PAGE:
North East charity rescues puppies left for dead in a dustbin in Romania

Dogs starved and mistreated abroad are finding a new home in this country thanks to the commitment of a small, independent charity run by two women from the Northeast. PETER BARRON Reports

The AS puppies Madi, Otis, Teddy and Georgie get to know each other again while playing in the sun on the idyllic English village green, hard to imagine what they have been through in their short lives.

Born last November, they were found by a police officer, sunk in a grocery bag in an ice-cold trash can in Romania, three with their tails cut off.

They starved to death, but thanks to the efforts of animal lovers in the northeast who work with rescuers in Romania, the dogs have found loving homes in this country after a four-day journey on the road more than 1,700 miles.

They arrived here in April and it was a joyful scene last week when they were reunited in the quaint village of Newby, home of Carol Hewett, chairman of Dogs in Distress, a small, independent charity in the northeast.

“It’s amazing to see her so loved and happy,” says Carol. “The need to find a home is limitless and this is a real success story.”

Jenny Laidler, who works with Carol for the charity, drove out of her house in Guisborough to see her again and she, too, is moved to tears.

“There is so much inhumanity in the world and we do it out of love for animals. It’s worth seeing her so happy, ”she says.

Carol and Jenny met through the world of dog rescue and founded Dogs in Distress 11 years ago. Carol is the proud owner of Rufus, a “puggle” – a cross between a pug and a beagle – and Jenny has a 16-year-old ex-racing greyhound named Lucy and Katie, a Romanian rescue dog.

Since Dogs in Distress was introduced, it has re-housed nearly 100 dogs and provided emergency treatment, grooming, and temporary housing to many others until long-term care can be found.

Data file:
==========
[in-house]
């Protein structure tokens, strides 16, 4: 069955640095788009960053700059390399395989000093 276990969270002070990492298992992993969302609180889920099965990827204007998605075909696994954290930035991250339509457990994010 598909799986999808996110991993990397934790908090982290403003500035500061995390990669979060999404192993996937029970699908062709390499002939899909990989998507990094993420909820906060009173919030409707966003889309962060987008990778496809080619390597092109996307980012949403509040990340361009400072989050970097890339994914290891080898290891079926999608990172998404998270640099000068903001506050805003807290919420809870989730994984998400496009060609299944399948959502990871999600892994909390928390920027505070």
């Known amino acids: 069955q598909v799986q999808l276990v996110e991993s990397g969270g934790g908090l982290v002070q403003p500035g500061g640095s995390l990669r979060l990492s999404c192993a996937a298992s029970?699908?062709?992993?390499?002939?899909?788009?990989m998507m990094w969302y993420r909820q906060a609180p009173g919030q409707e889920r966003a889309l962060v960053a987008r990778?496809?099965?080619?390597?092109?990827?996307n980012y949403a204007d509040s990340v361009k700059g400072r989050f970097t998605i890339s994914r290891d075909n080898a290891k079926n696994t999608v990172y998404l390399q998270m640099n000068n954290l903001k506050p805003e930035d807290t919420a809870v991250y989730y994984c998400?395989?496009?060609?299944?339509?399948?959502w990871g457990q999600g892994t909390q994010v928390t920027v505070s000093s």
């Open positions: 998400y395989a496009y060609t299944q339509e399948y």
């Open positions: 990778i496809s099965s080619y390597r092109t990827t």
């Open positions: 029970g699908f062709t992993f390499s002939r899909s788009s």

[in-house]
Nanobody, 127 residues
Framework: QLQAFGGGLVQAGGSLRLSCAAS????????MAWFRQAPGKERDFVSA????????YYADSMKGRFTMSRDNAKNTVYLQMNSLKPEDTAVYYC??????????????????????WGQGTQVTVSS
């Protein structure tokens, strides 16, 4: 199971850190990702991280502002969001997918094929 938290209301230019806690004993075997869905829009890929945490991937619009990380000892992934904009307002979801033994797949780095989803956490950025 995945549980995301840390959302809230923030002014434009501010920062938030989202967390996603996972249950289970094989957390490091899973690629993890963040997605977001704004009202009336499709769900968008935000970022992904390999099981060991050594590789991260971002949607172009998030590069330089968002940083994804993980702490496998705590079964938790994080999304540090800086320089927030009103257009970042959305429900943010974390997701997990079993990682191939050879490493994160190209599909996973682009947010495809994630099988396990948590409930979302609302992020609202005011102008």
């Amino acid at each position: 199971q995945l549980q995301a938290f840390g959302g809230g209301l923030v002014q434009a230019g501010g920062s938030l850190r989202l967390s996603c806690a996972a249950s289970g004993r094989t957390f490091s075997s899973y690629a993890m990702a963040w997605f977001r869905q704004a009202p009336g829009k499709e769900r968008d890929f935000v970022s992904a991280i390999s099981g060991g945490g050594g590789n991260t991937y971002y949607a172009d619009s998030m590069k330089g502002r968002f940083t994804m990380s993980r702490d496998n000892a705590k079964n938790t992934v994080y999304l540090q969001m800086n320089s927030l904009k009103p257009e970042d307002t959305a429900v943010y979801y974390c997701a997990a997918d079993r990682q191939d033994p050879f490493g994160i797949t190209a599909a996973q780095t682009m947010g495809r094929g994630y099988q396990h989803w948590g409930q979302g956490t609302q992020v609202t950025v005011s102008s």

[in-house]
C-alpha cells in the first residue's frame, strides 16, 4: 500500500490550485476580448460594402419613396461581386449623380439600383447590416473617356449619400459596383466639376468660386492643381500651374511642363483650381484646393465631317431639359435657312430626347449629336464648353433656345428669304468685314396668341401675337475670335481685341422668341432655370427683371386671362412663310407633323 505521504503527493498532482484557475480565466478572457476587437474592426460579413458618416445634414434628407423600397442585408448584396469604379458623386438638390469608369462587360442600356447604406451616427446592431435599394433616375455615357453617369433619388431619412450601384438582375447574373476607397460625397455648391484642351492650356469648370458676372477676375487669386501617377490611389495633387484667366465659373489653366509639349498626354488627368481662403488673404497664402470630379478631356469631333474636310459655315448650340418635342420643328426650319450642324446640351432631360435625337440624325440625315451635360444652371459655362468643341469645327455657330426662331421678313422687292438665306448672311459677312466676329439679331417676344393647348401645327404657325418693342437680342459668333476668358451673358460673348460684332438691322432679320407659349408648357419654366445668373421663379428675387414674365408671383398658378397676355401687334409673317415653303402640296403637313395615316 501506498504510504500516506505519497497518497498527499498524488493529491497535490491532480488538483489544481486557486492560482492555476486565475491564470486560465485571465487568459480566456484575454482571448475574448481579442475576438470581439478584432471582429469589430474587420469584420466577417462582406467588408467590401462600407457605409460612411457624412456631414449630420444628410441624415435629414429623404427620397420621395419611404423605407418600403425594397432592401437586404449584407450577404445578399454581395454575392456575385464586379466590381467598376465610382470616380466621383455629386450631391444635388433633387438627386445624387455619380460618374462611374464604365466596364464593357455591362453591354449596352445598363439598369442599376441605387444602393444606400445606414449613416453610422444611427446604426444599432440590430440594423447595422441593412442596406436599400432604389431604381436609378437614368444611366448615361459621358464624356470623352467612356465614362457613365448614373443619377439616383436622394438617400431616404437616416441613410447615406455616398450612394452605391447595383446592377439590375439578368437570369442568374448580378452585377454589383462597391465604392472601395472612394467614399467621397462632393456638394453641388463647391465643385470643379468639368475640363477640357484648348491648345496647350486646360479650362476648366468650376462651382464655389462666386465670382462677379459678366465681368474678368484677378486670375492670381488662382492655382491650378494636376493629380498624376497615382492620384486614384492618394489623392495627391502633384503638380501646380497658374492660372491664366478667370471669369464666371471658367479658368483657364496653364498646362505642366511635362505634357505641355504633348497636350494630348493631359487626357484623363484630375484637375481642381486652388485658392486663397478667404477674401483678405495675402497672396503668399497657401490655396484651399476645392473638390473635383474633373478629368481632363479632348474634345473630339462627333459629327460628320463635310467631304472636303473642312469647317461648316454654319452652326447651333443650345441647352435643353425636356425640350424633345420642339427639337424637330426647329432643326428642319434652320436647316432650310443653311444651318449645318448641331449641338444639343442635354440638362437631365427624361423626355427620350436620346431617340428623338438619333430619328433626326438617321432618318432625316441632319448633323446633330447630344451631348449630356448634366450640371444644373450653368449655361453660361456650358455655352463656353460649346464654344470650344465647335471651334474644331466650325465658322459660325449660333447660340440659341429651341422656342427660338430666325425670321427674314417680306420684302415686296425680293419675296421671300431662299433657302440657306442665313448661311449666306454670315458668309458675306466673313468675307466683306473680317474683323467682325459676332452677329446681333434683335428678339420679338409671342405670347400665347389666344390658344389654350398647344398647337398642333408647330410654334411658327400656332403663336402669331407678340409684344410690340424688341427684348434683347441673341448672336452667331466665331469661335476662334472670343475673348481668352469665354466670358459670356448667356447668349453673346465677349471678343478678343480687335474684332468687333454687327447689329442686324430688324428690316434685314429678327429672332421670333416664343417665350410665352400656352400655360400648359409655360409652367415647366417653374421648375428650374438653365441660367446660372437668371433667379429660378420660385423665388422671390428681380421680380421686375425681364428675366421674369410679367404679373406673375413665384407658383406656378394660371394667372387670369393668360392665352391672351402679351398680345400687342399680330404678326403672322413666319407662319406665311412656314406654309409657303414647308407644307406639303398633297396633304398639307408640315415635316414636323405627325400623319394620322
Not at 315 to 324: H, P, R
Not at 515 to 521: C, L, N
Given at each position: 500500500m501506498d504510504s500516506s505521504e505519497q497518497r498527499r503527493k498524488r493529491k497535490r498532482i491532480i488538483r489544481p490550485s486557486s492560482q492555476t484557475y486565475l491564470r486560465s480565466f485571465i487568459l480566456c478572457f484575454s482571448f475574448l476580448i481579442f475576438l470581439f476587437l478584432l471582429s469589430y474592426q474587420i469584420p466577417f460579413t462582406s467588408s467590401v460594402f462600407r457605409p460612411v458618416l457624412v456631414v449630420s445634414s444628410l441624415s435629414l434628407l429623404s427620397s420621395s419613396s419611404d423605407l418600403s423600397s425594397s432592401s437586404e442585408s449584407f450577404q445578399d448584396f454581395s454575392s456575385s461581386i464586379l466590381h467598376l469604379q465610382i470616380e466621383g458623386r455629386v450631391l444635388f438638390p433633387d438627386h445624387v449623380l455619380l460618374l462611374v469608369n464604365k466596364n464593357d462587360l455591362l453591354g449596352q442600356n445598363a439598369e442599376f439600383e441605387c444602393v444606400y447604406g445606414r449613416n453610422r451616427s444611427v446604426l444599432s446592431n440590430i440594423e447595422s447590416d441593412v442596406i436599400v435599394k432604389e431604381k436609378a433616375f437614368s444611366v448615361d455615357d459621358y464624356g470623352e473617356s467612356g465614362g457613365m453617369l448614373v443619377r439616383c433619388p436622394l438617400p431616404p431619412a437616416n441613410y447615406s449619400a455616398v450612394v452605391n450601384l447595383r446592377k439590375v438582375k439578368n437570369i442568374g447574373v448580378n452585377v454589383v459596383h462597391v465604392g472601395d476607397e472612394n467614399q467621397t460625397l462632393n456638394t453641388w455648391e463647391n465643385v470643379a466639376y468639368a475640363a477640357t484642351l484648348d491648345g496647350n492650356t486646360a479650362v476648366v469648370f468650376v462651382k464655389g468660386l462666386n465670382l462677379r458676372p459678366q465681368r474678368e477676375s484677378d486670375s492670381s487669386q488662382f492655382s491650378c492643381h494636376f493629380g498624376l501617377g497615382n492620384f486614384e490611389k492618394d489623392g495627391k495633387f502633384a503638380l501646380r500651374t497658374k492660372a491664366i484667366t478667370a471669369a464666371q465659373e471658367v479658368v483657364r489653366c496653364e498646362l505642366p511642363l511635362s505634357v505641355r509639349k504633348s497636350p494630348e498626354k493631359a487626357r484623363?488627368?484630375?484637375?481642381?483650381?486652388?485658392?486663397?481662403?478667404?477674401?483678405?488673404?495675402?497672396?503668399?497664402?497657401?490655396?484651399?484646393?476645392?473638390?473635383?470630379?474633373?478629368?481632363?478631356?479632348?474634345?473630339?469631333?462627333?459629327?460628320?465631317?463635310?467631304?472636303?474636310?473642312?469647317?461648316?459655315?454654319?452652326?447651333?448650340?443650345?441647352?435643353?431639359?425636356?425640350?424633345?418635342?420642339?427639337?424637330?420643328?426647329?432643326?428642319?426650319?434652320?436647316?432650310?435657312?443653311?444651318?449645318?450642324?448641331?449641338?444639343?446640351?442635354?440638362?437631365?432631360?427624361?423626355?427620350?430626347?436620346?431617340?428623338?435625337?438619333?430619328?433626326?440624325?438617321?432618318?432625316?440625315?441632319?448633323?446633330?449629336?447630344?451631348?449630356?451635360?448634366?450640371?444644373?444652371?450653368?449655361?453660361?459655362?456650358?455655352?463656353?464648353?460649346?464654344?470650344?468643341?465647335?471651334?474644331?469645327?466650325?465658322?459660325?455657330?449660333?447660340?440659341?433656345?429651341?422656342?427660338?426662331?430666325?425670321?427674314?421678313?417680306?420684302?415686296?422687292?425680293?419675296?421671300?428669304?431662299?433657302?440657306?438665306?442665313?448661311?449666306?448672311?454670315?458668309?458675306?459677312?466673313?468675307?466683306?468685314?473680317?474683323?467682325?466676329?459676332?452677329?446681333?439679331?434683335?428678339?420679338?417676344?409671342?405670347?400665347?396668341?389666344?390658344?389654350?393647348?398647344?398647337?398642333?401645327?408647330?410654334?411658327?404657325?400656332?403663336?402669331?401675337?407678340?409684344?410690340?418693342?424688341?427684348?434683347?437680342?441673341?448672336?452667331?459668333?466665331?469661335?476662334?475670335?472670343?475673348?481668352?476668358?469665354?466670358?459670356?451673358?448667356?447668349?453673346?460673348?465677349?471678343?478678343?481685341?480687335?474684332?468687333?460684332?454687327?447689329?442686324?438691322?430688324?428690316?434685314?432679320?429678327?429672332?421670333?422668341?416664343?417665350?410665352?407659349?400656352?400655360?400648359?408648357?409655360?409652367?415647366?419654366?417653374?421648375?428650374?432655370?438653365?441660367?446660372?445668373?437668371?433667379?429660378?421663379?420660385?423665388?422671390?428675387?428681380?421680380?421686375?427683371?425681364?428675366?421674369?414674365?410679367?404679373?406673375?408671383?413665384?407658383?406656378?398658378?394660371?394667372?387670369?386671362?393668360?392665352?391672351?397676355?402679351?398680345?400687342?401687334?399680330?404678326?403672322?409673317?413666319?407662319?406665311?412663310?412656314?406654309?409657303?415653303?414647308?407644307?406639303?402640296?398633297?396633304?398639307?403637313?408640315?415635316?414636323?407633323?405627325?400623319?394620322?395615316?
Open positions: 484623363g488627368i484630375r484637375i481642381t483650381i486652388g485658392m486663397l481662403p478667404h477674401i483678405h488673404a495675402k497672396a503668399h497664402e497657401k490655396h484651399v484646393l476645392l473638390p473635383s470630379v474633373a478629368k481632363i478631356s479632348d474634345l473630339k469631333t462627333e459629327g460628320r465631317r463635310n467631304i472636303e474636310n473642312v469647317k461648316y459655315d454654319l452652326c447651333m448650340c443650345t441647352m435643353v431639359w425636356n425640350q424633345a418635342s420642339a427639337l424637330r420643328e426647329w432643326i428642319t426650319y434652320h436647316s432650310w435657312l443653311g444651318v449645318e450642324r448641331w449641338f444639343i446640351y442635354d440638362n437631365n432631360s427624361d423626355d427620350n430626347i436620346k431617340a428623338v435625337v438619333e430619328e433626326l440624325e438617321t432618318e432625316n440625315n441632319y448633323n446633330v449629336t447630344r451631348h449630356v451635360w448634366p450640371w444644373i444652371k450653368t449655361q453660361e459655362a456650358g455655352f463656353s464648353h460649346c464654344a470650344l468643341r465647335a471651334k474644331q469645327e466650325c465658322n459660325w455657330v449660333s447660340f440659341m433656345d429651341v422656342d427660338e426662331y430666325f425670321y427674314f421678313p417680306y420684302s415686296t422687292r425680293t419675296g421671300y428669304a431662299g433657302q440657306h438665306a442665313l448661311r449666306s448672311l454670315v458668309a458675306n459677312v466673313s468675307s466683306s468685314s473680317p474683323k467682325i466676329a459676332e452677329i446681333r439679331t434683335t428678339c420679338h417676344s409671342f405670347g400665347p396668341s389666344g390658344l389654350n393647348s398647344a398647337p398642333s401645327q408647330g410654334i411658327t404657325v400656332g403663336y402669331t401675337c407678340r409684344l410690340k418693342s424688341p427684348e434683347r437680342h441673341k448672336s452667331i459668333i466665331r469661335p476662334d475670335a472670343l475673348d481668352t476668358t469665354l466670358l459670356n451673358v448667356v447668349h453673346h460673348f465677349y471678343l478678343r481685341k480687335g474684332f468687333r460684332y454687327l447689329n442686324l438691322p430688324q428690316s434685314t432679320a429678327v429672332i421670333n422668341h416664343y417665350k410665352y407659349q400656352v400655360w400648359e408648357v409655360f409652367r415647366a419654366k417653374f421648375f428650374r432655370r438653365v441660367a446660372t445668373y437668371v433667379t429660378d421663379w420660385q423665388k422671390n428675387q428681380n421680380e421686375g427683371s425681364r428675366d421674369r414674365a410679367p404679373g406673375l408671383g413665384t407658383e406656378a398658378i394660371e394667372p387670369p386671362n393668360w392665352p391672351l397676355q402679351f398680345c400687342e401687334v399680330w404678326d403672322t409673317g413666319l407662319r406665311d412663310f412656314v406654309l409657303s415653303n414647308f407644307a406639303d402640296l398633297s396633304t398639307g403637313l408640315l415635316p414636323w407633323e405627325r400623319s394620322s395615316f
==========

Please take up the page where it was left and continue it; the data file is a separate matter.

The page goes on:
The charity also financially supports other rescue groups to keep healthy dogs from being destroyed and offers neutering. In the past few years, Dogs in Distress has also helped save around 20 dogs from various Eastern European countries.

The rescue of Madi, Otis, Teddy and Georgie began when Jenny contacted a group in Romania that she could trust via Facebook. The four puppies were taken in by animal lover Daniela Mihaela in a Romanian town called Targu Neamt.

Daniela has dedicated her life to rescuing strays who are caught by dog ​​trappers and who are often starved or mistreated. She keeps them in makeshift nursing homes until a home can be found and, thanks to the connection with Jenny, arrangements have been made for Madi, Otis, Teddy and Georgie to travel to England on the road. The other two puppies of the litter were also found: Daisy now lives in Cannock in Staffordshire, while Kima was housed in Germany.

It costs Dogs in Distress £ 350 to ship any dog ​​to England, plus vet fees. To find a new home, the charity is posting posters in veterinary practices and pet stores and making an appeal on social media. Visits are then made to potential owners, home checks are carried out, and the dogs are given a two-week trial visit prior to official adoption.

The result of the recent rescue is that the four adorable pups have now been adopted by families in the northeast. Madi lives with Nicci Knight, her partner Maaz Rahman and their children in Newby near Middlesbrough; Otis is with the Elliott family in Hutton Rudby; Teddy’s new owners are the Thomas family in Stokesley; and Georgie moved to the seaside to be with Graham Duncan at Redcar.

“We just couldn’t resist when we saw the picture of Teddy,” says Mama Natalie Thomas. “We immediately felt sorry for him because he had wobbly legs and sad little eyes. It’s nice to see them all together again, to have found a beautiful home and to enjoy the life they deserve. ”

Meanwhile, there are big plans for Madi, who has settled in well in Newby. She is so meek that she is considered an ideal candidate for a therapy dog.

Nicci is the Operations Manager at Zizu’s Nursery in Middlesbrough and Madi works with her to interact with the children. Visits to hospitals and nursing homes are also planned.

“She is perfect for the role because she is very calm, loves people, is very fluffy and enjoys being petted,” says Nicci. “She always enjoys going to kindergarten – the kids love her and she loves the kids, so we want to build on that.”

There could hardly be a stronger contrast: the dogs that starved in a garbage can less than a year ago are now surrounded by more love than they could ever need.

  • If you would like to support Dogs in Distress or are considering becoming a volunteer, email [email protected] or call 07864 054008.

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